Trigger Warning: Rape, Sexual Assault

After seeing Brock Turner’s face on my news feed countless times, I started to feel exhausted. Then I realized it was because I didn’t want to hear about him anymore.

I didn’t hear about Brock Turner first, I heard about his victim. Their letter to Brock Turner, read aloud in court, appeared on my news feed. I was shocked at the bareness of it, how vulnerable it was. How brave. It was long and painful and I couldn’t will myself to finish the entire thing. I went to sleep feeling troubled, but also in awe at the victim’s courage and strength.

Shortly after, I started seeing things about Turner’s sentence, his past, and more all over my feed. I looked at his smiling face and then his mugshot too many times. I started to feel fatigued, and I wasn’t exactly sure why. One of my friend’s status put it perfectly.




Of course it was tiring. Of course it was traumatizing. It is one thing to be reminded that rapists exist, that they can come in any form. It is one thing to hear news about how a rapist received a short sentence for such a terrible crime at one of the most prestigious institutions in America. It is one thing to try to honor the story of the Stanford victim by listening, understanding, and making space in myself for that story.

It is another thing to realize all of this while being a rape victim oneself.

I was raped over a year ago by a person that I knew and trusted. This was confusing to me–I knew and trusted them. In fact, they were my friend. It took me a few months to realize what had happened–to admit what had happened. Previously, I had heard similar things that happened to other people, but I never thought it could happen to me. I started reading accounts of other people who had been raped. I read the memoir Lucky by Alice Sebold and felt like I could start to heal like Alice did. Then, everyday, I started to think in my head, I was raped, I’m a victim, I’m a victim. It became to be too much. I felt like I lost who I was. After consulting others and revisiting rape accounts, I came to realize that my life didn’t have to be defined by what happened to me. I started thinking of myself as not just a victim, but a survivor. I started thinking about the rape less.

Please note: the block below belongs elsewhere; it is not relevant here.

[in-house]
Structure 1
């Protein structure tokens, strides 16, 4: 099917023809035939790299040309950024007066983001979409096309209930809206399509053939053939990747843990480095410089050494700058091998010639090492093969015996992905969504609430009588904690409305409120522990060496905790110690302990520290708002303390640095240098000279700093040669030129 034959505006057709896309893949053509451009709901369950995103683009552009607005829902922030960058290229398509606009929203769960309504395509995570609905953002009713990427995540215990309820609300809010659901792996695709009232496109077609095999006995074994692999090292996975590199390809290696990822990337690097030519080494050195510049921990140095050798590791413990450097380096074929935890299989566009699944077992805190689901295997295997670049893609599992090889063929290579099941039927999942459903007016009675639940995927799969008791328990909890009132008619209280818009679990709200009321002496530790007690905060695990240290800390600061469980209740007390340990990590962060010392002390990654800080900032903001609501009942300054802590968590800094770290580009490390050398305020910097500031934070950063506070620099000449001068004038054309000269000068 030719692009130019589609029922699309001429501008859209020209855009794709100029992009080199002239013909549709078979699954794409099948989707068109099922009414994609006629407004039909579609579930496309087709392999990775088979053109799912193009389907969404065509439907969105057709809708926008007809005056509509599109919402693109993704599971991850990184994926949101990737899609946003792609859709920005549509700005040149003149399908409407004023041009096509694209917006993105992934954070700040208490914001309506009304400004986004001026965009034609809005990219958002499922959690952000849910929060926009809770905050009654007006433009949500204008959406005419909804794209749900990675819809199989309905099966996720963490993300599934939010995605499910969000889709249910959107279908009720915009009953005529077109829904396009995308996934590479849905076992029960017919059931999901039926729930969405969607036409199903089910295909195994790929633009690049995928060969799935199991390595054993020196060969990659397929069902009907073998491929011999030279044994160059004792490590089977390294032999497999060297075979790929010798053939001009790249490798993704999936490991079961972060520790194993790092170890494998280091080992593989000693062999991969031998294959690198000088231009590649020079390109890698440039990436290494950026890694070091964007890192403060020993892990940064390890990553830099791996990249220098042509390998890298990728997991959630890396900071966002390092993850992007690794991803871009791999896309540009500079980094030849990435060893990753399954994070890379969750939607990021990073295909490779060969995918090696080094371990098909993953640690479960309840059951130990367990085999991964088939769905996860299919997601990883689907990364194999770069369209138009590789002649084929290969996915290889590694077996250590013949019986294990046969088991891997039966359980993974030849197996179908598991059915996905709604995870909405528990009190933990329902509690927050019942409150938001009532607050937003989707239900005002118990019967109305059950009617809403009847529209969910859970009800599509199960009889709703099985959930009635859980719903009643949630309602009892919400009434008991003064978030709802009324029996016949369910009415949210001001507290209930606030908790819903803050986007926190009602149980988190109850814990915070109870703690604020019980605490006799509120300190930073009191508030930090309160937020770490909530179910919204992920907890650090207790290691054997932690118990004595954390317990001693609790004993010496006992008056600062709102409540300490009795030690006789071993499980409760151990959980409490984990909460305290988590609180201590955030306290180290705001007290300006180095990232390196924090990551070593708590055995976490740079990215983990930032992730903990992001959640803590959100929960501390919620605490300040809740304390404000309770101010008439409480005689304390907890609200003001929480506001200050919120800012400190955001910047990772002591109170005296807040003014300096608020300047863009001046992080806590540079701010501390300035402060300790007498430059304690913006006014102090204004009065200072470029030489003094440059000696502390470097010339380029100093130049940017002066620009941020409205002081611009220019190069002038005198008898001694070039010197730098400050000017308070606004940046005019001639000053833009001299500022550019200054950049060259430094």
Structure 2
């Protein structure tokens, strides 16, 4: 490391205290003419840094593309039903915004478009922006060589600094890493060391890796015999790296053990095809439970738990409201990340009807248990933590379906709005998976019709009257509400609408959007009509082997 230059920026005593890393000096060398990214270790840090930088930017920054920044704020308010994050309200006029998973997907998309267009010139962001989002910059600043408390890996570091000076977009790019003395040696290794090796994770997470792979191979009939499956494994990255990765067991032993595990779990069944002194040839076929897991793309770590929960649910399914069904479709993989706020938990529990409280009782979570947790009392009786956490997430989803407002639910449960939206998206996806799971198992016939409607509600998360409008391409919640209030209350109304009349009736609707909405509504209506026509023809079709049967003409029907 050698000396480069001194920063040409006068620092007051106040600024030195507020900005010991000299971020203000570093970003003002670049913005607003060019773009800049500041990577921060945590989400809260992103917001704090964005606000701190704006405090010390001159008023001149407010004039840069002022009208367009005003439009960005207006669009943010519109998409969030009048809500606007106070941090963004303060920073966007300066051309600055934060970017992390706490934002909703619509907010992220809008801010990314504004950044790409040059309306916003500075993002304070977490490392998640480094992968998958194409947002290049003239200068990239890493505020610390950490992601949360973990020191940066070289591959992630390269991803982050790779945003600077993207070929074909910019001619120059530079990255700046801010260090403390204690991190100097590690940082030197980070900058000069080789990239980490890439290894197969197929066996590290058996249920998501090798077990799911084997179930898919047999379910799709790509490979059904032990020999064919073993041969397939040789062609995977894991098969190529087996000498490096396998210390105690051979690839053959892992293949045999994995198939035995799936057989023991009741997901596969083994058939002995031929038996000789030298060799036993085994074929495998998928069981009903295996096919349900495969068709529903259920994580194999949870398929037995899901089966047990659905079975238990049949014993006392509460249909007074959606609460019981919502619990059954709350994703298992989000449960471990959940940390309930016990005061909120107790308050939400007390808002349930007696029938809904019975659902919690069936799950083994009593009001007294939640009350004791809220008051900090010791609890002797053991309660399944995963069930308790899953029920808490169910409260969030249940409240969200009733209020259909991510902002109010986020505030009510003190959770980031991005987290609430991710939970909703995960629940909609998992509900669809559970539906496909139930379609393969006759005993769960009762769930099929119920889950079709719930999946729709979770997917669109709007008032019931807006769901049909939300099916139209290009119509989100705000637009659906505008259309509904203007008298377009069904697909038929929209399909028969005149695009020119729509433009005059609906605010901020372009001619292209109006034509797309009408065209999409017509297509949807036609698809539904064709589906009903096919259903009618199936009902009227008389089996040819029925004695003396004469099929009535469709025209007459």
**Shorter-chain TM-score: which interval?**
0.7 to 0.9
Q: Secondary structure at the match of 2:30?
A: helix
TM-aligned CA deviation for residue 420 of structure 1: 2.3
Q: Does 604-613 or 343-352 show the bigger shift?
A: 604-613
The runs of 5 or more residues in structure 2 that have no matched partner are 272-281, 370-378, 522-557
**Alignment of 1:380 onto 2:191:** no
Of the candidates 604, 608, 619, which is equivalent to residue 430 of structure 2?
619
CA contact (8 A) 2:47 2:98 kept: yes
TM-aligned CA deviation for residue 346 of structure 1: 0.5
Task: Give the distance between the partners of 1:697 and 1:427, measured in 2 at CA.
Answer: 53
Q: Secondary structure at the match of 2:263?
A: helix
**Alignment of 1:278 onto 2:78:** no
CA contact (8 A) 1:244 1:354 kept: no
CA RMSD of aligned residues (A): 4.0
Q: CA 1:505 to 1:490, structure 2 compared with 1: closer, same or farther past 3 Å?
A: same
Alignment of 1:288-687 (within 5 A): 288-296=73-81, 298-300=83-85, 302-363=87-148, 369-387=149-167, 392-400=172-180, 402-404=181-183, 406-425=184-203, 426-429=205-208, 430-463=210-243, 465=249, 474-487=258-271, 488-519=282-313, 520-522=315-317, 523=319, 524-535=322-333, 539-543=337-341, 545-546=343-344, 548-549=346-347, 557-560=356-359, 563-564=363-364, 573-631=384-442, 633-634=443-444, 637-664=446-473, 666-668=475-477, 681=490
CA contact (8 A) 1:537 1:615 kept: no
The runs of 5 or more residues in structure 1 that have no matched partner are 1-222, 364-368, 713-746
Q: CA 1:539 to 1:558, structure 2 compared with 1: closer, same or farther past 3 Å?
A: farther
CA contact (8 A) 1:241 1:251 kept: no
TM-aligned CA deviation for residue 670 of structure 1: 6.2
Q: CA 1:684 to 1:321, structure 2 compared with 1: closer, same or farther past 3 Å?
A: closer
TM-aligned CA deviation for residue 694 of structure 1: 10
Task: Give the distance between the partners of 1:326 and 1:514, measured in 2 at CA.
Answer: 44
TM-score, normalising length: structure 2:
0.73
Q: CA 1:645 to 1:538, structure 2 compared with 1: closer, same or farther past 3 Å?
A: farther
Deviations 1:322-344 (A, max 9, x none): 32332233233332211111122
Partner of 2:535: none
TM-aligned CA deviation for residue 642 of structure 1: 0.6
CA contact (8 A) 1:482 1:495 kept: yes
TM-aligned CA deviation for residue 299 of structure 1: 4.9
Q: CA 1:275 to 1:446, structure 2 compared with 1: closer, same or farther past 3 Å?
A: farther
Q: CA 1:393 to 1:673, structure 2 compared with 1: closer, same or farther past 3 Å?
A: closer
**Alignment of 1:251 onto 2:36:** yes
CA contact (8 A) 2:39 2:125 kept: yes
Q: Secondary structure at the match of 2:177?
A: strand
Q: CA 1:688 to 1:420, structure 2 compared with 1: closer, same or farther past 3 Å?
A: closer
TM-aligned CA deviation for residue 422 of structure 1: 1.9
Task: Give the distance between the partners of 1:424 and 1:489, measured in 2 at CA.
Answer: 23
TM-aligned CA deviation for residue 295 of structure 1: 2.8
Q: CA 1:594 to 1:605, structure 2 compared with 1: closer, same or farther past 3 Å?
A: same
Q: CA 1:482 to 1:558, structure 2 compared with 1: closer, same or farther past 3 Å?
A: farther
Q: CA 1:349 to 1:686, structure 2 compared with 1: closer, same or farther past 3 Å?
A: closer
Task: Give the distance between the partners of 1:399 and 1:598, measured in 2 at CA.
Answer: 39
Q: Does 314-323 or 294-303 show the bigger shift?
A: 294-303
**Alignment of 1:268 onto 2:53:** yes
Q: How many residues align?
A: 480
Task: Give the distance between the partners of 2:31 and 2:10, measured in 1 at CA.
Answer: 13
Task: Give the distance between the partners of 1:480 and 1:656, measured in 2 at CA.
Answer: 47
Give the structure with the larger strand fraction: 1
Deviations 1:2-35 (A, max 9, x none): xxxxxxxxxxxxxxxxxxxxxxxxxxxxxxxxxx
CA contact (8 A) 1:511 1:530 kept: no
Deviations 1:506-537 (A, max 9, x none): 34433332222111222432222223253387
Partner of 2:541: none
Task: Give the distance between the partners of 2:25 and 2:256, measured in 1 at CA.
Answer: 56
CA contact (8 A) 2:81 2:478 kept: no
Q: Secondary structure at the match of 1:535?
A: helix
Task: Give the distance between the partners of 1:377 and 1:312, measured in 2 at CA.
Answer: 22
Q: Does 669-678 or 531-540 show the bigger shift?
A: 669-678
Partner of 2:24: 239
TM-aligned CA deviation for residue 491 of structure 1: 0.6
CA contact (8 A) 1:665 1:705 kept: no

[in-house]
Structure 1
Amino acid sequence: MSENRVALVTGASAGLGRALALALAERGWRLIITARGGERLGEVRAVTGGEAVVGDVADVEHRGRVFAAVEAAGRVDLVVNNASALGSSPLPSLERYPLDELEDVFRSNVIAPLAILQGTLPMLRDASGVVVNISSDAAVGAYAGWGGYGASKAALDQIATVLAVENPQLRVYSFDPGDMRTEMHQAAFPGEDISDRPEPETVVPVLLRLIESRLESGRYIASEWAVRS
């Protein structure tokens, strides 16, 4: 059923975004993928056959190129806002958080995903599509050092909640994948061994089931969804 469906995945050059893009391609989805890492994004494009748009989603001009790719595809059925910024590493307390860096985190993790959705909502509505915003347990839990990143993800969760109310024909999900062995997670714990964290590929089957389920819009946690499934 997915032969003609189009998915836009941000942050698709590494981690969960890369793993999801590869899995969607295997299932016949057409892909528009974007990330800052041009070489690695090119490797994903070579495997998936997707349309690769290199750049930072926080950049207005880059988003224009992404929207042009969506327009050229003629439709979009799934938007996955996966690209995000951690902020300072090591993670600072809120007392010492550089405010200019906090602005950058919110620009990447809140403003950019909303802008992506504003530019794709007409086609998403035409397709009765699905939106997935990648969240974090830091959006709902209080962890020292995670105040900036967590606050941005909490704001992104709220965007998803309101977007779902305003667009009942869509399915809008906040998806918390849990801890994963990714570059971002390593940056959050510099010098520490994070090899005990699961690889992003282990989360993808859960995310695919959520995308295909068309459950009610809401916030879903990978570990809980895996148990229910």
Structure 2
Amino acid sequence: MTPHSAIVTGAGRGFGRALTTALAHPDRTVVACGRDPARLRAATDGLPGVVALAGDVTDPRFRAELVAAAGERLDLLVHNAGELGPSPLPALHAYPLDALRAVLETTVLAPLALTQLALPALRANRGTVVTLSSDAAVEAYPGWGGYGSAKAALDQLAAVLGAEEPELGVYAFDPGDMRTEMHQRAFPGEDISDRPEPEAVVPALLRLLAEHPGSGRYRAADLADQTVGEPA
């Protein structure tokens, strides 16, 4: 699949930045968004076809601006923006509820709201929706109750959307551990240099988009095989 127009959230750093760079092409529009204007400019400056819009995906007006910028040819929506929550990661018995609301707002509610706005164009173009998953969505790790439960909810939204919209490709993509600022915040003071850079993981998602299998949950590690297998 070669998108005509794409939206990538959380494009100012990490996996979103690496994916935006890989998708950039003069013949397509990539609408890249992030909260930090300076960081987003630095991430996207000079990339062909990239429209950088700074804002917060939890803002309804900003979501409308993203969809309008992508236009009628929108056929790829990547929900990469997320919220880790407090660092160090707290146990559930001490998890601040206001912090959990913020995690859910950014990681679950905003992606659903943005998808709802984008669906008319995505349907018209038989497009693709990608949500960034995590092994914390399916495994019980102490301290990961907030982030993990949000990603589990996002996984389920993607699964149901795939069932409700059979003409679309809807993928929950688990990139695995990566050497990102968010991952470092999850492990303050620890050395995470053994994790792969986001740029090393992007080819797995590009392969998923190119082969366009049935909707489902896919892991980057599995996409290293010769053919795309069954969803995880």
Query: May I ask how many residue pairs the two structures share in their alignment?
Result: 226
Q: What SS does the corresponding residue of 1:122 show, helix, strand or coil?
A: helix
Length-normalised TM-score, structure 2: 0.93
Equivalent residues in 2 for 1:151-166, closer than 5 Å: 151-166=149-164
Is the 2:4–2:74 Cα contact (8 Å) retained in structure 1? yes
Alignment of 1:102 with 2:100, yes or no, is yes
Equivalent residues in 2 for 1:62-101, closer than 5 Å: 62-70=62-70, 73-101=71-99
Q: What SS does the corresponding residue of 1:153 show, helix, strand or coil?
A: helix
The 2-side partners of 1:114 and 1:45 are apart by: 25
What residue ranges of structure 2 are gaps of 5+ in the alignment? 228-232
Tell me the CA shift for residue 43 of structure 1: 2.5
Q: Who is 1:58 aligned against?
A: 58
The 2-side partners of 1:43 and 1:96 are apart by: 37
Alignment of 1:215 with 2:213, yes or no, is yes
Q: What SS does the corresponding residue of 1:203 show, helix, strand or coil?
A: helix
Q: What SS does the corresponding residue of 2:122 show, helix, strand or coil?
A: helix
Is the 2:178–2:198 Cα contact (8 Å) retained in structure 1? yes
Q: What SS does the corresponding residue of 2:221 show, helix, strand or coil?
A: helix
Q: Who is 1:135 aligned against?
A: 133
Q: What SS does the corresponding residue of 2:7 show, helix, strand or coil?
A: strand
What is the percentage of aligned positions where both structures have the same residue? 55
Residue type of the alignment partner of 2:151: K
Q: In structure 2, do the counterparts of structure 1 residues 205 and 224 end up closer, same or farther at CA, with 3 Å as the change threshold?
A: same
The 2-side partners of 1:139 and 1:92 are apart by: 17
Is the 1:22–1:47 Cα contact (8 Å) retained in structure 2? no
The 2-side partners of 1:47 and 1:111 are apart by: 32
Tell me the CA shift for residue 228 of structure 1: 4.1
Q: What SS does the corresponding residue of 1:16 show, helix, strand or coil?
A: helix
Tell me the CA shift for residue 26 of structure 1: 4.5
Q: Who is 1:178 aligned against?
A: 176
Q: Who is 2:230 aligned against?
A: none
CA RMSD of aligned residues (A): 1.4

Reading the Stanford victim’s letter was painful, but it also brought about renewed feeling of validation in regards to my own assault. To be honest, it is still hard for me to grapple with the fact that I was so emotionally distraught after my rape. I saw myself in the Stanford victim’s letter, and it expressed to me that it is okay to feel so much pain because of my assault. It is okay if I will always be in pain. Although I don’t think about my rape as much as I used to, I don’t doubt that a feeling of powerlessness will always be within me.

Yet the Stanford victim’s letter made me feel powerful, like I don’t have to be ashamed of my assault anymore. It is inherent in our society that rape victims are often questioned and silenced, which is a traumatizing thing in itself. How freeing it is to realize that I can fight against that system and demand justice for myself. I know that effect will resonate in many other people as well. It is, essentially, giving voice to the voiceless.

That doesn’t mean the case won’t also be upsetting, draining to talk about or be consumed. In the case of social media, it is easy to include before the link or your status/tweet/image/etc.: “trigger warning: rape,” to give people a chance to decide if they want to view your content, scroll on, or brace themselves. It is important to remember this in the heat of a moment as more news of Brock Turner and his victim is released. Personally, I appreciate the trigger warnings that people provide because it gives me an opportunity to decide if I want to view the content.

If you’re out and about with people and you feel compelled to talk about it, it’s a good idea to check in with everyone first. Are you comfortable with this topic? It’s okay if you aren’t, we can talk about something else.

If you aren’t sure, I would advise not to push on. If you do end up talking with a group about Brock Turner, pay attention to everyone and notice if someone is visibly uncomfortable. Check in every now and then. Don’t be afraid to express that the group should be respectful and look out for one another in the conversation.

I also would not talk about Brock Turner around sexual assault victims you know unless they bring it up. Personally, I don’t wish to invite comments from my friends about the case and how frustrated they are. There are other outlets for them to go to, and I am just not one of them. If you feel the need to force a victim in your life to “open up,” know that you’re not being helpful. You’re being invasive, and it can trigger a feeling of powerlessness.

And if, by this point, you think that there are no victims of sexual assault in your life, you’re probably wrong.You probably know someone in your life who has been sexually assaulted. In fact, it’s more than likely that you do. You might be a victim yourself (which doesn’t excuse you from the content in this essay). Even if those aren’t applicable, the Stanford rape case can weigh heavily on others and it’s important to know where to place that burden.

So, I ask of you, despite the necessity of spreading this story, to please be careful how you do it.